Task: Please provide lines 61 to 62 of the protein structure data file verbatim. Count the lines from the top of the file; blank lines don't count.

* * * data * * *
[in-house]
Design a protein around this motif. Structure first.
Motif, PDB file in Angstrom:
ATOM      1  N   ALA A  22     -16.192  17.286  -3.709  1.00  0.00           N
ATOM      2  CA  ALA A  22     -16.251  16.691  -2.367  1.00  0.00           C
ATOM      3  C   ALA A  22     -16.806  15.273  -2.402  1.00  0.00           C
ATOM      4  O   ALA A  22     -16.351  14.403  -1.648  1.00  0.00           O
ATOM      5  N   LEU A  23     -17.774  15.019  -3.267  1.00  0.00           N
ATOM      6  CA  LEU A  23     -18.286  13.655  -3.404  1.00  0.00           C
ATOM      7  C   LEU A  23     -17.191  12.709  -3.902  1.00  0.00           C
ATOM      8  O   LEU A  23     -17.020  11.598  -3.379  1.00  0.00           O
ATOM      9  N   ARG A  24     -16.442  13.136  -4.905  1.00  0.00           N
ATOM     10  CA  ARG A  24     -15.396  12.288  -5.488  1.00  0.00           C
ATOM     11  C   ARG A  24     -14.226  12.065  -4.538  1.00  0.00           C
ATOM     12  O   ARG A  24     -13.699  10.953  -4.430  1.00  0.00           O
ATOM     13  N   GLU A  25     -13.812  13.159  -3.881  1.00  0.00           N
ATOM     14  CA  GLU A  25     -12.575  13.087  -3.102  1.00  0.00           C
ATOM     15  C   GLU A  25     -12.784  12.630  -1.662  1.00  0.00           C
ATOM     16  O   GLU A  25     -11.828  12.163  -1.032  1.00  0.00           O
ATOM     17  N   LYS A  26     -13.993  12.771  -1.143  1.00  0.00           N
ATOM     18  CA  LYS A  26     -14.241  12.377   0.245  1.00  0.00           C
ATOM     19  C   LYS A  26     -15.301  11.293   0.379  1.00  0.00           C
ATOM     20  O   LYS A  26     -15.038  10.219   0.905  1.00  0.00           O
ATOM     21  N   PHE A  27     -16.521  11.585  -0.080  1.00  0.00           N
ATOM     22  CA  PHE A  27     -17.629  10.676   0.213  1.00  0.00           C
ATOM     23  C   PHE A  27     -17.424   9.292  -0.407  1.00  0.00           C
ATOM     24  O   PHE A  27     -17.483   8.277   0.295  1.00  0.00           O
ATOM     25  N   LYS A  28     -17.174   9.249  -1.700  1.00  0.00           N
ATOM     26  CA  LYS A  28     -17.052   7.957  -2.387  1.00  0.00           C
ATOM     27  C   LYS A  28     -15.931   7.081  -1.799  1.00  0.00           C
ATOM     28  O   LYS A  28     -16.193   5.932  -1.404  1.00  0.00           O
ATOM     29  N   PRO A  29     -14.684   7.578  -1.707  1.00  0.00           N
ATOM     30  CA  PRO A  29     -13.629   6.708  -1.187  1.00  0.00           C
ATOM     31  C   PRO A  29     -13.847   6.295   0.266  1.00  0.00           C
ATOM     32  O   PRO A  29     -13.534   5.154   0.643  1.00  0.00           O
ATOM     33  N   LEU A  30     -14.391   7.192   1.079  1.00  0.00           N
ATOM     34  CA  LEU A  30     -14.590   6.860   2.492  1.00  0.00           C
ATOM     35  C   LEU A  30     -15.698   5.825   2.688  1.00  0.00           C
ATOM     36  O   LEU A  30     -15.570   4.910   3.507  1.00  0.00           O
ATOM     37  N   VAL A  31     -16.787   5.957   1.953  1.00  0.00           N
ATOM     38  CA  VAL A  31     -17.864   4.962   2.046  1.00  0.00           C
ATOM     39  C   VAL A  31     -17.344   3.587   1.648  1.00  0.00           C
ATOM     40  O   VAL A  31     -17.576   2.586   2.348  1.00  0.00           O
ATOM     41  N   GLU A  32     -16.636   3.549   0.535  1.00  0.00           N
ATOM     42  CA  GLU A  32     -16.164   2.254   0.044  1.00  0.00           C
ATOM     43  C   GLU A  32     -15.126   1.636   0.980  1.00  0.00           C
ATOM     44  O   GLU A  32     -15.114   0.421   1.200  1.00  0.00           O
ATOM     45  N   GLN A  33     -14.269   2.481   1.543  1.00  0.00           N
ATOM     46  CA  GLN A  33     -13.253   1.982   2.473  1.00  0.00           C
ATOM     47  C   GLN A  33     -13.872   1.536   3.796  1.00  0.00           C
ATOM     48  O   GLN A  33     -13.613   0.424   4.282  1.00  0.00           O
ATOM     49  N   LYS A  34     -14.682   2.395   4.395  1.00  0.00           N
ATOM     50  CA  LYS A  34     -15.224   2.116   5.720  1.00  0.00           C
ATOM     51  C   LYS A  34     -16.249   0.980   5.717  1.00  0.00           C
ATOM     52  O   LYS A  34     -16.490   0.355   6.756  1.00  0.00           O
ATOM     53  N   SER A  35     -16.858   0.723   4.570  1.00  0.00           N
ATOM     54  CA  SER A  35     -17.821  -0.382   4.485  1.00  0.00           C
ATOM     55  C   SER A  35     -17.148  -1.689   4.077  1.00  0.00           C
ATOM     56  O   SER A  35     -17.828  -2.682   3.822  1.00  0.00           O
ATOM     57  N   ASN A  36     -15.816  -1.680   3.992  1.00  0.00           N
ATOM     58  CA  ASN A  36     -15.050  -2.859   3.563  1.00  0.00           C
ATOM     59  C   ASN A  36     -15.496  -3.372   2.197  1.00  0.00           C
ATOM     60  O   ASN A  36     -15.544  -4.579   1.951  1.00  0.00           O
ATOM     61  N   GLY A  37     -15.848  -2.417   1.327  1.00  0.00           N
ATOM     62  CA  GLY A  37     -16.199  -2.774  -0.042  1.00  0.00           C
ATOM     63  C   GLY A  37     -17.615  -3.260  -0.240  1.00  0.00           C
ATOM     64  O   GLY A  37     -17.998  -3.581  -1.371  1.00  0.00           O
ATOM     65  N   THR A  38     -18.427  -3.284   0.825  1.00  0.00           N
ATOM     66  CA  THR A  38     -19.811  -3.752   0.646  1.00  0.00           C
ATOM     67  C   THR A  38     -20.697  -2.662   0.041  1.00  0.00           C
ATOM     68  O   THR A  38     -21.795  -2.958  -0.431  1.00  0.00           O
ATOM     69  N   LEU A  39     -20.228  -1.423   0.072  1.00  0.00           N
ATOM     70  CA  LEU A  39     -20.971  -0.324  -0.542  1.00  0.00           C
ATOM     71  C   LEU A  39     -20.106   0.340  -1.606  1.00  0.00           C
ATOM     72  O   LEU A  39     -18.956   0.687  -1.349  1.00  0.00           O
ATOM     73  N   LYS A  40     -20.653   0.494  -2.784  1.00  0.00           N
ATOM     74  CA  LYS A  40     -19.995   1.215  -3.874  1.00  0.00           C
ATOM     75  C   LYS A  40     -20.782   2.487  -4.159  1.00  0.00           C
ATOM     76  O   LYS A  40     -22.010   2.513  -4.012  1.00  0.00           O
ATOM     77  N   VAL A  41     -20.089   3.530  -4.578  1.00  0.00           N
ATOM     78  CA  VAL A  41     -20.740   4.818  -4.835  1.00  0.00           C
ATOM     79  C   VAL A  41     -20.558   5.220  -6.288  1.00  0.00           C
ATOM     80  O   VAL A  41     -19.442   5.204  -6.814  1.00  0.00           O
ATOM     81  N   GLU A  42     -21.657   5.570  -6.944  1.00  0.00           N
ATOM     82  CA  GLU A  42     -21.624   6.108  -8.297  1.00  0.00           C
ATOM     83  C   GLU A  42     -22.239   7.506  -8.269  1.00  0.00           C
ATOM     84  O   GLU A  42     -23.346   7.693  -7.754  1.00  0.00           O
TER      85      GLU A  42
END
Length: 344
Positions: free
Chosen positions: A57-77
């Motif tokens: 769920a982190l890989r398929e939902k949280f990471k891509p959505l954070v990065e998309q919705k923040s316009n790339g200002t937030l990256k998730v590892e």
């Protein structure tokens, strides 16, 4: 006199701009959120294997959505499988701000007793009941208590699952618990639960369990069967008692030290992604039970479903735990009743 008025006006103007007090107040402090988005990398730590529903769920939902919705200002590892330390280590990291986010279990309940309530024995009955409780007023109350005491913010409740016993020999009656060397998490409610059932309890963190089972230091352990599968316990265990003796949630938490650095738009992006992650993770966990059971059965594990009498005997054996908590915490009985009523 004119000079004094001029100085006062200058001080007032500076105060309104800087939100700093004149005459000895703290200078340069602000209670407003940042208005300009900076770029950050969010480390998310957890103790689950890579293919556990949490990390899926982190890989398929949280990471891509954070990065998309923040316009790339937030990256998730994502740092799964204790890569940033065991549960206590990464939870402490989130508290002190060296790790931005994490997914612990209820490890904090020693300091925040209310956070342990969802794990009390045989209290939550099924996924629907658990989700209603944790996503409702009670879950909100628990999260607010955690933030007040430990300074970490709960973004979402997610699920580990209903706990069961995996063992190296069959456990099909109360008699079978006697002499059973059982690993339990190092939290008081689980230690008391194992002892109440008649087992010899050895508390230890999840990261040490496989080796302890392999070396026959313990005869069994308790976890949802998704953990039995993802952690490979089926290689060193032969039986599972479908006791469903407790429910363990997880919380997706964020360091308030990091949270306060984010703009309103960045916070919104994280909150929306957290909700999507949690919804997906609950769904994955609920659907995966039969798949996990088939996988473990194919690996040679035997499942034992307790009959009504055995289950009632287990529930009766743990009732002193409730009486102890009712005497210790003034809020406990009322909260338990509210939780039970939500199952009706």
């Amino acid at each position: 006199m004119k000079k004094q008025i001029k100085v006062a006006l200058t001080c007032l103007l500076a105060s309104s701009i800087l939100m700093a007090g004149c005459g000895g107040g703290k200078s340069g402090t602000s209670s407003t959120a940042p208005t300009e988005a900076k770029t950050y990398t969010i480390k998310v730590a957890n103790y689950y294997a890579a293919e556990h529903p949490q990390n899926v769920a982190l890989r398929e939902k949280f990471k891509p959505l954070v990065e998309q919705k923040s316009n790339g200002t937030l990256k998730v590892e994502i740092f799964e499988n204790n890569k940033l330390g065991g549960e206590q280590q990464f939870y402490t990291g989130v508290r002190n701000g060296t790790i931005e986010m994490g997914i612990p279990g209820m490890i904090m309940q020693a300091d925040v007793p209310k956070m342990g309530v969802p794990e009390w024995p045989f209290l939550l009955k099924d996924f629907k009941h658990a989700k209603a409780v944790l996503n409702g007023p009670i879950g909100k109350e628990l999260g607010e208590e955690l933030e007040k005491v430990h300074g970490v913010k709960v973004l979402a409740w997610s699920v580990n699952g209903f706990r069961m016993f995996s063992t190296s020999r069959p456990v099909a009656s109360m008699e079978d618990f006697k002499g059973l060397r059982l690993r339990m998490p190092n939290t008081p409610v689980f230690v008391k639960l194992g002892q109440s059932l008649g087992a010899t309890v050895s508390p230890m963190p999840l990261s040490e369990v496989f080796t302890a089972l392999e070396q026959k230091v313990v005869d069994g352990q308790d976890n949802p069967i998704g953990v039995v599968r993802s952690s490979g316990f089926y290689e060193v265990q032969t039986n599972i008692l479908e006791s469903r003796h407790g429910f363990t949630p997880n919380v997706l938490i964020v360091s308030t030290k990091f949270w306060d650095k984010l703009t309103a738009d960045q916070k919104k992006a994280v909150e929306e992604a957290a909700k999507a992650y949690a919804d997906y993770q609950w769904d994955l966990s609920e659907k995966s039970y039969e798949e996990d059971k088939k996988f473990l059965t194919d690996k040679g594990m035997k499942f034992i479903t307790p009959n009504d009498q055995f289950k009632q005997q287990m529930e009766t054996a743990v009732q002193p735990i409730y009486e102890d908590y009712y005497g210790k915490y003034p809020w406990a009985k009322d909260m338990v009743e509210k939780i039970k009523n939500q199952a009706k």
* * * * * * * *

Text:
ATOM     58  CA  ASN A  36     -15.050  -2.859   3.563  1.00  0.00           C
ATOM     59  C   ASN A  36     -15.496  -3.372   2.197  1.00  0.00           C